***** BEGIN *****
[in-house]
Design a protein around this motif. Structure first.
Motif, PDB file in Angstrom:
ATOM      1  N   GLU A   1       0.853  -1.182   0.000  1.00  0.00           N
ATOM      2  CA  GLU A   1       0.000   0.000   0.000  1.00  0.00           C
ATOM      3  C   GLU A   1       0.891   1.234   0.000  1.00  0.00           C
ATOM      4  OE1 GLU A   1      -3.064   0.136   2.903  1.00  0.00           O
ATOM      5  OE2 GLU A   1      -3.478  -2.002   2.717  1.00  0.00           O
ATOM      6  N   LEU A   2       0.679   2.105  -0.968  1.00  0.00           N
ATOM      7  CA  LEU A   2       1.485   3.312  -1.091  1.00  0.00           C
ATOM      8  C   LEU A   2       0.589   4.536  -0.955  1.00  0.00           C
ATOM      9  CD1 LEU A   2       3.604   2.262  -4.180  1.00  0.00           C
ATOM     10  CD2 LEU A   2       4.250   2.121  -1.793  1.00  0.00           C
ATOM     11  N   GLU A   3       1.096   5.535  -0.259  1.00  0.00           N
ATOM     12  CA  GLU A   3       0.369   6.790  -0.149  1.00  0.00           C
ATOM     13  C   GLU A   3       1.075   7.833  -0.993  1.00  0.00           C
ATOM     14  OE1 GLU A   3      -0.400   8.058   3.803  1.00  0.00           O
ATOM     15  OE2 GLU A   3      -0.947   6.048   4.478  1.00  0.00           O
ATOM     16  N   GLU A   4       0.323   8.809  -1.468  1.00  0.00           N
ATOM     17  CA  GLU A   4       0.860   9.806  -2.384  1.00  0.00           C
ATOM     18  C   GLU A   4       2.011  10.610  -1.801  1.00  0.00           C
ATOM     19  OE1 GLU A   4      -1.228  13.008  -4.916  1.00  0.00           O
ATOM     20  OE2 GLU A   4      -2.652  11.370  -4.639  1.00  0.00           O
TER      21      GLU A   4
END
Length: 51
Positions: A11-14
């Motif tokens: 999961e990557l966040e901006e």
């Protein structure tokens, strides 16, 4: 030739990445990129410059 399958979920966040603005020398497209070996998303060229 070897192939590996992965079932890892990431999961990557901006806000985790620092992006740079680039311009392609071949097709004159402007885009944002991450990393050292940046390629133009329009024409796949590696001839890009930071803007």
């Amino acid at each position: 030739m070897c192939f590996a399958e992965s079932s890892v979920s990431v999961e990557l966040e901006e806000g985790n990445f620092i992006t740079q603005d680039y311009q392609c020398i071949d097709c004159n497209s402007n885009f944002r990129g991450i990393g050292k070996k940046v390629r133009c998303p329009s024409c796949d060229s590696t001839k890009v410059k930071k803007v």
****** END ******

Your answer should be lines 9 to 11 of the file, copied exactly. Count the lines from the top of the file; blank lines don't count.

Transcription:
ATOM      6  N   LEU A   2       0.679   2.105  -0.968  1.00  0.00           N
ATOM      7  CA  LEU A   2       1.485   3.312  -1.091  1.00  0.00           C
ATOM      8  C   LEU A   2       0.589   4.536  -0.955  1.00  0.00           C